cannabis chronic pain relief. use marijuana for pain. cannabis strains for pain.
For over 5,000 years, humanity has turned to cannabis as a natural remedy for pain relief. In ancient China and India, cannabis was a common go-to for alleviating pain, and even American pharmacies stocked it until the early 1900s. However, the cannabis landscape has evolved significantly over the centuries, and modern cannabis is a far cry from its historical counterparts. Today, with a wealth of scientific research at our disposal, we can delve deeper into understanding its impact on chronic pain.
Unlike conventional medications, cannabis doesn’t adhere to a universal dosage, and its legality varies across U.S. states. Moreover, lacking FDA approval as a treatment adds another layer of complexity for those contemplating cannabis to manage chronic pain symptoms.
Enter our comprehensive guide designed to demystify the intricate world of cannabis for chronic pain. We aim to empower you with insights into how cannabis operates in the realm of chronic pain and provide practical steps if you’re contemplating its use to alleviate your symptoms.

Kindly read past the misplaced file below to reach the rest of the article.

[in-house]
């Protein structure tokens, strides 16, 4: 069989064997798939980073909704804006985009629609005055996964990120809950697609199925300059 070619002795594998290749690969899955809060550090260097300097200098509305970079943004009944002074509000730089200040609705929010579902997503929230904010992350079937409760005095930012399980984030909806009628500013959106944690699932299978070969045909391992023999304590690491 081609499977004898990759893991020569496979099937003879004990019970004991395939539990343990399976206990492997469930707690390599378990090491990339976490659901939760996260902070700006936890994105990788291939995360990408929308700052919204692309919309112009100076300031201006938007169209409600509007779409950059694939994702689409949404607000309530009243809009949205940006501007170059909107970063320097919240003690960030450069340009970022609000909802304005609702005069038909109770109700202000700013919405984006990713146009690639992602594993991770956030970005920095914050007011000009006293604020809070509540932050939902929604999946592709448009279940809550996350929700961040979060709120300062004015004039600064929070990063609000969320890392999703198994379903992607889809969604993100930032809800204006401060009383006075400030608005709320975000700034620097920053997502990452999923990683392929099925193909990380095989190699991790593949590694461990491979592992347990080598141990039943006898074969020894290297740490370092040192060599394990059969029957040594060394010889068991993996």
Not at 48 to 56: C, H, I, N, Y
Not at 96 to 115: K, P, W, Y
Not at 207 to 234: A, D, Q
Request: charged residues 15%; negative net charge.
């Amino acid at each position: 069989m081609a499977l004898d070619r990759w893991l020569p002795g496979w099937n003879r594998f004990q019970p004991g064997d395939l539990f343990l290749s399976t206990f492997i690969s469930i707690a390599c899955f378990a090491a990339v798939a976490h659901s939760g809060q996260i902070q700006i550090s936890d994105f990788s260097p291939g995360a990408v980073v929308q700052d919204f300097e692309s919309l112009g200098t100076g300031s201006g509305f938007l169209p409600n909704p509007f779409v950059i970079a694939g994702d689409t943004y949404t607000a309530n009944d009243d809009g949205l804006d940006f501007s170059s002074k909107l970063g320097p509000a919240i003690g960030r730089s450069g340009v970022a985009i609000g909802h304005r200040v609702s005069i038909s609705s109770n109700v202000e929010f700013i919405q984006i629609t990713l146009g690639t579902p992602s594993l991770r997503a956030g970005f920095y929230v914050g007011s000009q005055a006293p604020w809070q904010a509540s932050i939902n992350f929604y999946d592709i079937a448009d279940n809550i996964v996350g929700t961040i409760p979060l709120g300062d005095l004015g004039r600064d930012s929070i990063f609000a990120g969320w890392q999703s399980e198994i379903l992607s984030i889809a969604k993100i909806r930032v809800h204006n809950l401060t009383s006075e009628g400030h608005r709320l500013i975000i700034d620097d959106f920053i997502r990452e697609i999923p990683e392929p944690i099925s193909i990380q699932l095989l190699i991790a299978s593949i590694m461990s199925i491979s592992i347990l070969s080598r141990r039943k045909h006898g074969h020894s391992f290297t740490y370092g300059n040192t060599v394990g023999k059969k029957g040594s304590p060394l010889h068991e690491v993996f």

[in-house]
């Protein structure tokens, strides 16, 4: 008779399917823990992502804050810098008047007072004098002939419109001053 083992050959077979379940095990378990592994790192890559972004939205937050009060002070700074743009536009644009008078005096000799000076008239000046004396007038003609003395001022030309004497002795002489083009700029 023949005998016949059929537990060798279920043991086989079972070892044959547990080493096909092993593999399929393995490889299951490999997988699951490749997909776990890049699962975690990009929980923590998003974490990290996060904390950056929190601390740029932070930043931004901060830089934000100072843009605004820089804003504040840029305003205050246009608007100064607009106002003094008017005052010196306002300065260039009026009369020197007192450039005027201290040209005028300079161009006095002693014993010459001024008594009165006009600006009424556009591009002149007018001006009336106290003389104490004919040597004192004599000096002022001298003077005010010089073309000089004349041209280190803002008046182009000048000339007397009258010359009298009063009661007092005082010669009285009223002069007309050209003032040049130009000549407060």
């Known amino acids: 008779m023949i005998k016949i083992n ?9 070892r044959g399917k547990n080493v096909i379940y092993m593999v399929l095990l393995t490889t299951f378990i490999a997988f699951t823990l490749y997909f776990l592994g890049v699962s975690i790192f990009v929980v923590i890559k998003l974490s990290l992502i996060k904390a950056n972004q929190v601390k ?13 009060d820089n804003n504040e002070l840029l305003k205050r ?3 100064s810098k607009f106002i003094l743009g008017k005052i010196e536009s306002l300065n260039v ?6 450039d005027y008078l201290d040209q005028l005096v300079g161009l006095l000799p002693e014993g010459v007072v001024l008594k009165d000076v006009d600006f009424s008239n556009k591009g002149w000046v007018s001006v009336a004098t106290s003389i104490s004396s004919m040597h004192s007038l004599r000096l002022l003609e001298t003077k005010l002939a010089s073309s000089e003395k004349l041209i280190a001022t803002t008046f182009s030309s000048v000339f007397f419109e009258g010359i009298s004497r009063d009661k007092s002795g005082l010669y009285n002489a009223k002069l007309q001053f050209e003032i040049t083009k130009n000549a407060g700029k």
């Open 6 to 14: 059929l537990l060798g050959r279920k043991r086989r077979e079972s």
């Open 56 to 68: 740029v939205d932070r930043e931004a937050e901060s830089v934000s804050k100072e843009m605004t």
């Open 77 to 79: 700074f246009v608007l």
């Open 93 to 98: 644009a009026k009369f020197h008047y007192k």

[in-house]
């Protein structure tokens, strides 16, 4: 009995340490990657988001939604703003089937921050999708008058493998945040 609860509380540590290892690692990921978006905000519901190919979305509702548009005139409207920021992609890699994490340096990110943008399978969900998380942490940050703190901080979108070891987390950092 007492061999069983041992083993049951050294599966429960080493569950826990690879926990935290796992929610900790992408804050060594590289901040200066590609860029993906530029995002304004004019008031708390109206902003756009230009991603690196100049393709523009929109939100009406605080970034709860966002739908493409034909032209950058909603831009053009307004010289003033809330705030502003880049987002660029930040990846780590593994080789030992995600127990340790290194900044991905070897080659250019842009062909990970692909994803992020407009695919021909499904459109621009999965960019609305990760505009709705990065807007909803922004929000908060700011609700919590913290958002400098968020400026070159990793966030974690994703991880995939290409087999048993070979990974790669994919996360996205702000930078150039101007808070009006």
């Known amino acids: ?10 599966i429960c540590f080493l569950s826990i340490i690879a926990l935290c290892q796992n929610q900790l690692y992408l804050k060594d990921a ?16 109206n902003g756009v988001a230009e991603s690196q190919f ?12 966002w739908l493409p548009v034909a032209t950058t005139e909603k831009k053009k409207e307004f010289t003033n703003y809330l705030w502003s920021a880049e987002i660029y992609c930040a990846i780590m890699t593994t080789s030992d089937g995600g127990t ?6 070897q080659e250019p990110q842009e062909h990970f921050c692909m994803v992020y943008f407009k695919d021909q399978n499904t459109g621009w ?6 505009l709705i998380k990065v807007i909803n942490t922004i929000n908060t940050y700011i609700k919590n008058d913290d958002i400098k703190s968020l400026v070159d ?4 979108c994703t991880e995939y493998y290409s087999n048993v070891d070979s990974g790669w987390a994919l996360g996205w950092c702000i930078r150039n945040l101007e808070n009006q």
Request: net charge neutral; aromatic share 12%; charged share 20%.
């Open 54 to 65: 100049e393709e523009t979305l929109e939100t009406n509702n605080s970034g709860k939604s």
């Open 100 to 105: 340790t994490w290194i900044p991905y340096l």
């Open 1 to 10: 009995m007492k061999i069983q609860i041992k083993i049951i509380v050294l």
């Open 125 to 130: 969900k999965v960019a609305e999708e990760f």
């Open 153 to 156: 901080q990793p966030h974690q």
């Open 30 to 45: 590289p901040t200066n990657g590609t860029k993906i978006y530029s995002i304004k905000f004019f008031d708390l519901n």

How Does Marijuana Actually Help Treat Pain
Within the cannabis plant reside potent compounds known as cannabinoids. Among these, the most prevalent are tetrahydrocannabinol (THC) and cannabidiol (CBD), each with its unique properties. Yet, the spectrum extends beyond these two, encompassing a myriad of additional cannabinoids. These compounds engage with the body’s endocannabinoid system, influencing nerve signals and regulating various binding sites throughout the body, orchestrating a delicate balance of signal modulation.
When it comes to cannabis for chronic pain, certain cannabinoids (such as THC) activate receptors in the brain and nerves that help regulate pain. They also activate receptors on immune system cells that help control inflammation (swelling) and the immune system’s response.
Because of these effects, cannabis is being studied as a possible treatment option for several types of chronic pain, including nerve pain (neuropathy), arthritis, and fibromyalgia. It’s also being studied as a possible treatment for pain and swelling related to autoimmune diseases.